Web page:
Back to Basics is a monthly series that outlines how c-store operators can get valuable new services up and running.
Loyalty programs are quickly becoming one of the core staples of convenience stores, as c-store loyalty members spend about 38% more on average than non c-store loyalty members, according to customer experience vendor Paytronix. Additionally, c-store loyalty members increased their fuel visits by about 8% from 2020 to 2021.
Even as the ripple effects from inflation continue to strain c-store operators’ finances, one area that’s not getting pinched is loyalty.
“Everybody’s looking to reduce budget, but the one area I’m hearing [c-stores] are not reducing investment is loyalty and investment in customer data,” Jeff Hoover, director of strategy and data insights for Paytronix, said in an interview.
While “most major players” already have loyalty programs up and running, smaller retailers may be “a little behind the game,” Hoover said. For them, loyalty will be a critical area to invest in moving forward, he said.
Here are some tips for developing a successful loyalty program, from developing a strong concept to ensuring it thrives down the road.
Getting started: Keep the value proposition simple.
Getting it finished: Cast a wide net for participation.
Making sure it’s successful: Keep investing in the program.
Developing a value proposition
Retailers getting started with their first loyalty program need to first think of the backbone of that program, the value proposition, which should be simple and easy for both employees and customers to understand, Hoover said.
While it’s necessary for smaller retailers when starting out, a simple concept can also be useful for bigger retailers who haven’t seen consistent results within their loyalty program.
“A lot of [retailers] try to launch a complex program, and no one can explain it,” Hoover said. “You need a simple reward mechanism.”
A great example of a retailer doing this, Hoover said, is QuickChek — a 150-store chain owned by Murphy USA — whose loyalty program is centered around customers receiving a $5 reward for every $50 they spend. This program is simple and presents clear value to customers, he said.
“Focus on the mechanism that's valuable and explain that to the customer,” he said.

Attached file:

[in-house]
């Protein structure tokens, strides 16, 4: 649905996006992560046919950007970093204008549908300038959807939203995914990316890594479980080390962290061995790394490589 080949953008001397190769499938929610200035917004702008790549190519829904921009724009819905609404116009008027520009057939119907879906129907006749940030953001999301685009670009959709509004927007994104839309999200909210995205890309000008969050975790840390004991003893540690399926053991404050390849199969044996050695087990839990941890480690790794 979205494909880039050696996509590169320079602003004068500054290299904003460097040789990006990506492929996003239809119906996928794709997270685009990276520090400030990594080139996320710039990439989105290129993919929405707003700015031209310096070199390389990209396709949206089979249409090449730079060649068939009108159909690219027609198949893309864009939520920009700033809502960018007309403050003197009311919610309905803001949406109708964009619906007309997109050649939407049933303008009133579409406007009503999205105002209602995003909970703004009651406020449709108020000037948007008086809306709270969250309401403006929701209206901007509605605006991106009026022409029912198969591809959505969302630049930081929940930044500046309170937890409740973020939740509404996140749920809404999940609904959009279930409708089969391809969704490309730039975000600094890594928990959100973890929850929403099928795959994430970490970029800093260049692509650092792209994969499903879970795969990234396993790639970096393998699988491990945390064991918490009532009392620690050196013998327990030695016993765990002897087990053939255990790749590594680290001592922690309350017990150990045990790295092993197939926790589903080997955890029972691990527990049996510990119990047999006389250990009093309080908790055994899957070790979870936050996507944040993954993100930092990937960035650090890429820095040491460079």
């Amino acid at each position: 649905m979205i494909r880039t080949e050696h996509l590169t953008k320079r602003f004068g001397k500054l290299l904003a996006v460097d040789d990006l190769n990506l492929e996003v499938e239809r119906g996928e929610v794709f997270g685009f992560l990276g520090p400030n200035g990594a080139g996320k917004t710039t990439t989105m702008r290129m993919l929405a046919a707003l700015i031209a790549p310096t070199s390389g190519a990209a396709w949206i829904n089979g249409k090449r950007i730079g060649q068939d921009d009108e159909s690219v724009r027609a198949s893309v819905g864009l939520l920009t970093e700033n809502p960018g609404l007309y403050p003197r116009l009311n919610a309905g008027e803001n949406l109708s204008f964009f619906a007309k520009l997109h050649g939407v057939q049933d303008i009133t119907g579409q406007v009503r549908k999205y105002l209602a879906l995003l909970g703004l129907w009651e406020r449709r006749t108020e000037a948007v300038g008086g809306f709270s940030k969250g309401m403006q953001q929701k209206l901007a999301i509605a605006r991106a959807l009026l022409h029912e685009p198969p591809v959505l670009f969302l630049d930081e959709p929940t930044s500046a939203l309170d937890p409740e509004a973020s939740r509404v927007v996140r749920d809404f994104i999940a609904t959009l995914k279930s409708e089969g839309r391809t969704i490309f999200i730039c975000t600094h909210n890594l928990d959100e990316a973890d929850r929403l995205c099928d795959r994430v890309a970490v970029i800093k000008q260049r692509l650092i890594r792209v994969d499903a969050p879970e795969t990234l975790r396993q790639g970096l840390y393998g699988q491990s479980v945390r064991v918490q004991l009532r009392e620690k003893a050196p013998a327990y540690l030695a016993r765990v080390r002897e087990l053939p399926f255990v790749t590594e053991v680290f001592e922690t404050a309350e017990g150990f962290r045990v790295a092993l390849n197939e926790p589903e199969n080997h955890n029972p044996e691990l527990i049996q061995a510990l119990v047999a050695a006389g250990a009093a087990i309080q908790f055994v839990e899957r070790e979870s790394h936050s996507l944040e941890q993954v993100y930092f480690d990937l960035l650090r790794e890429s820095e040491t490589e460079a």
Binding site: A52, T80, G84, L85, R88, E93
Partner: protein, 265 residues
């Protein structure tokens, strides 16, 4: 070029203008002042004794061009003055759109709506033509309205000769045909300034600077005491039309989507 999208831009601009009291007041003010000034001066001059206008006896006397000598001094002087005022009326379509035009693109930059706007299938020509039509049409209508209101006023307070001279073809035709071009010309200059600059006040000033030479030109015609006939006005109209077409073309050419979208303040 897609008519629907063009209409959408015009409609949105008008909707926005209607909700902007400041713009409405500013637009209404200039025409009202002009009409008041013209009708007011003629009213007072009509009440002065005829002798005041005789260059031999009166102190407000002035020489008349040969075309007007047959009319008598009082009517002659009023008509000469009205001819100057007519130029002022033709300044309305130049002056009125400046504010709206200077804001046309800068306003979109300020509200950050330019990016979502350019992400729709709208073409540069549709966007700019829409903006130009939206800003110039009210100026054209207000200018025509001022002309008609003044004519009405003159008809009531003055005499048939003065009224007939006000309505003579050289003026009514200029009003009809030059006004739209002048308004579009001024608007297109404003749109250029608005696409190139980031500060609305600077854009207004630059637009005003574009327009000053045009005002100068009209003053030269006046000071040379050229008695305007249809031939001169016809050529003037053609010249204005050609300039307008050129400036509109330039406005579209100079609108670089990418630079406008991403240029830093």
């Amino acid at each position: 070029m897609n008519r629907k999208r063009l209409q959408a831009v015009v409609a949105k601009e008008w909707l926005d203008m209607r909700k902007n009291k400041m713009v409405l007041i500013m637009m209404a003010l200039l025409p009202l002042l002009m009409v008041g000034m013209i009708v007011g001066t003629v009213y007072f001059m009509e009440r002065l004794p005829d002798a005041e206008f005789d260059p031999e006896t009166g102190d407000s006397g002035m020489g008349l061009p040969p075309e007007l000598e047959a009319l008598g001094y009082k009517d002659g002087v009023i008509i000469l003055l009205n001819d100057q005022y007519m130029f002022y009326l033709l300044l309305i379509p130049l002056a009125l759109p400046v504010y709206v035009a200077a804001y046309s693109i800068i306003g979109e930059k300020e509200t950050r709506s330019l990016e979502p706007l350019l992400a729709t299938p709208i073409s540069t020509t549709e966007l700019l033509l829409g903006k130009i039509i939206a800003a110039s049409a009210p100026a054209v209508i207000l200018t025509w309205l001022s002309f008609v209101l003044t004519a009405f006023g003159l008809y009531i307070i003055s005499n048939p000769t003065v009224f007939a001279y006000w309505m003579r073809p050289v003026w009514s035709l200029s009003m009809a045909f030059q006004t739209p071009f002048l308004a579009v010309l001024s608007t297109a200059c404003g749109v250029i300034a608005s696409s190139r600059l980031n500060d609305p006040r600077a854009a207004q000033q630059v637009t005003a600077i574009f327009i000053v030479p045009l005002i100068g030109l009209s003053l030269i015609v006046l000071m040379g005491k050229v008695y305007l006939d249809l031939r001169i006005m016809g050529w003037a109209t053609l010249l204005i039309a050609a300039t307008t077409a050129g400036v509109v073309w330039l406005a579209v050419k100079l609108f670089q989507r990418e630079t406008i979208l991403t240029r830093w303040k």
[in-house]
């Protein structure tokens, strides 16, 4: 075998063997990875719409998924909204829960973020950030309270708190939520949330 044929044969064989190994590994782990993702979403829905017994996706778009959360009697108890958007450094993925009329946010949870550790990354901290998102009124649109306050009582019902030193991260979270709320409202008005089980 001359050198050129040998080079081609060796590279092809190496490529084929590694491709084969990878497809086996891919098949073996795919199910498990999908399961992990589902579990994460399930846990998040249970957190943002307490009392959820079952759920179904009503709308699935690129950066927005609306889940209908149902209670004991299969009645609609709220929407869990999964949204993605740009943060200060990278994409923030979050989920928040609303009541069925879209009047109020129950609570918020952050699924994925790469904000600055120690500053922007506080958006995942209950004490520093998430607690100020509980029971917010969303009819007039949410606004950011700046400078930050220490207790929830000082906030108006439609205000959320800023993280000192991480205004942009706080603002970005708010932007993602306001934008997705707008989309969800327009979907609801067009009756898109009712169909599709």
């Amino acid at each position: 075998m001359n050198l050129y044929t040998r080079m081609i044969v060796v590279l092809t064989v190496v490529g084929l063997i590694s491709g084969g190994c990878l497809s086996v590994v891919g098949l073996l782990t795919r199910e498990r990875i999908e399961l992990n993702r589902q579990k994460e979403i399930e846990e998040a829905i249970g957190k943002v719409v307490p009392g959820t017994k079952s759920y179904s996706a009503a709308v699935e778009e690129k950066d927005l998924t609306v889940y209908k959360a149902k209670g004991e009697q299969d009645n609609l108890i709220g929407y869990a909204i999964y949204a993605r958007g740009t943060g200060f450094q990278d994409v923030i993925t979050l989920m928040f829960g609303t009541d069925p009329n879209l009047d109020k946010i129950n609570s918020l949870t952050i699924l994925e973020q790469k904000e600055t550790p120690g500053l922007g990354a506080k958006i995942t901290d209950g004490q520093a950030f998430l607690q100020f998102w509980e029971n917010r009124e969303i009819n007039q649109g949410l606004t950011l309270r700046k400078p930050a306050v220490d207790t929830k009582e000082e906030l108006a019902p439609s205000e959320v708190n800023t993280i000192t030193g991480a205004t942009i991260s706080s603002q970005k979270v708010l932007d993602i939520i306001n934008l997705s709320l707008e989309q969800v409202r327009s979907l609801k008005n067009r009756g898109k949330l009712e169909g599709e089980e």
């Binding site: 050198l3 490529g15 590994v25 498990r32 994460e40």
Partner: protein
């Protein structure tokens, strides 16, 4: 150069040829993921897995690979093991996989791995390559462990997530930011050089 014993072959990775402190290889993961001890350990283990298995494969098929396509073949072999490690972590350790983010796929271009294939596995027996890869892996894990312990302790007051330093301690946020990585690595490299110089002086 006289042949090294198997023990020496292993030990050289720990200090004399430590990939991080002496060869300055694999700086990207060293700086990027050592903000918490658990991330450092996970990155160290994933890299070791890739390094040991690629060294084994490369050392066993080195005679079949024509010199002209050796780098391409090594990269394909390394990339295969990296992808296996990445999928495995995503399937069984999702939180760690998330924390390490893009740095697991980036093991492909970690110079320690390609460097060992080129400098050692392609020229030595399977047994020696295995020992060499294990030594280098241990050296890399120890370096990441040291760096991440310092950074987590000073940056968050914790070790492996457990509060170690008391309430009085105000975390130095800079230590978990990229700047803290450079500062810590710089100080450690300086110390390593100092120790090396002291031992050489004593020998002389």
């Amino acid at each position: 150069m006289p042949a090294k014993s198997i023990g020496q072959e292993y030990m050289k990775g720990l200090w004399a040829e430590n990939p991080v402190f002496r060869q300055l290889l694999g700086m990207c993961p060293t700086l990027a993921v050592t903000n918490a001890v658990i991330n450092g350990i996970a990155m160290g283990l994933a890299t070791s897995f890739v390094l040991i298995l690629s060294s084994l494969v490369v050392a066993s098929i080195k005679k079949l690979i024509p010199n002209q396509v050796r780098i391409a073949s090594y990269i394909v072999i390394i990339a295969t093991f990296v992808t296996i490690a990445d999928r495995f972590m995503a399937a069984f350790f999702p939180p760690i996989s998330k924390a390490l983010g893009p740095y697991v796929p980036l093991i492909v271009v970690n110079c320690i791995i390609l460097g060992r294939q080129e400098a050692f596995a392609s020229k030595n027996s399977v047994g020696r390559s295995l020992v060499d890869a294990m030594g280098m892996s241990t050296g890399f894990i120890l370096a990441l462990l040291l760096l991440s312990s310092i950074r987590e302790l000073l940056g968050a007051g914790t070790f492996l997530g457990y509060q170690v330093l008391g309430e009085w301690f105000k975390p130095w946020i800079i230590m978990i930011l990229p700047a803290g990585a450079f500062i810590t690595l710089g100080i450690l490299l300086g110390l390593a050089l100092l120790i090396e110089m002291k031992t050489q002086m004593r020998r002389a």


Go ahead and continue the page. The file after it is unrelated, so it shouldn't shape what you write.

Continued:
But what should retailers do if they can’t think of a simple value proposition for their program? Surveying customers about other loyalty programs they’re currently part of, what they like and dislike about those programs and what they value in a loyalty program can help, Hoover said.
“Think about your competition and the programs they provide and what consumers like about them,” he said. “A lot of [your program] is going to be based on your ability to execute and who you’re competing with.”
Getting customers — and employees — to participate
Once a value proposition is created and the program is ready to launch, it’s all about getting members to sign up — and retailers should cast as wide a net as possible, Hoover said. In a program’s first year, retailers should spend 80% of their time on increasing participation, according to Paytronix.
To get people to sign up for loyalty programs, retailers must present a reason for them to do so, Hoover said, and offer a way for people to identify themselves as loyalty members every time they visit, whether they’re at the pump or inside the store.
Retailers should also encourage employees to enroll in the program. This can spark customer participation by enabling staff to explain the program’s qualities and benefits, Hoover said. Retailers can even incentivize employees with additional perks for joining the program.
“We want employees to participate, and often see companies with employees participating perform much better,” Hoover said. “[Employees] can talk about the program, because they're in the program.”
Hoover noted that having employees engage customers at checkout and asking them if they’re in the program and giving a brief rundown of its benefits — which “shouldn’t take longer than three seconds” — can improve participation.
“This doesn’t have to be complicated,” Hoover said. “A lot of [retailers] come in wanting the silver bullet, but that’s not what it’s about. The details are in the execution and participation.”
Have a team or individual own the program
When it comes to running a loyalty program, Hoover suggests making it the sole priority of a team or one individual.
“You have to have a dedicated person to focus on loyalty,” he said. “You can't have your marketing or social media person [run it] — you need someone to own it and make it top of mind.”
It’s these individuals who, once the program has taken off, must ensure the program keeps growing, which means tracking performance at the store level. This is done through identifying and addressing various key performance indicators, such as the percentage of loyalty transactions per store.
Besides tracking performance, the brands that win in loyalty are those who invest in artificial intelligence to boost their first-party customer loyalty data, Hoover said. Having more refined data lets retailers conduct “tighter due diligence” and deliver better value back to customers through personalized offers.
“Even within loyalty, how do we make the reward cost in our program much smarter, and how can data help us do that?” Hoover said.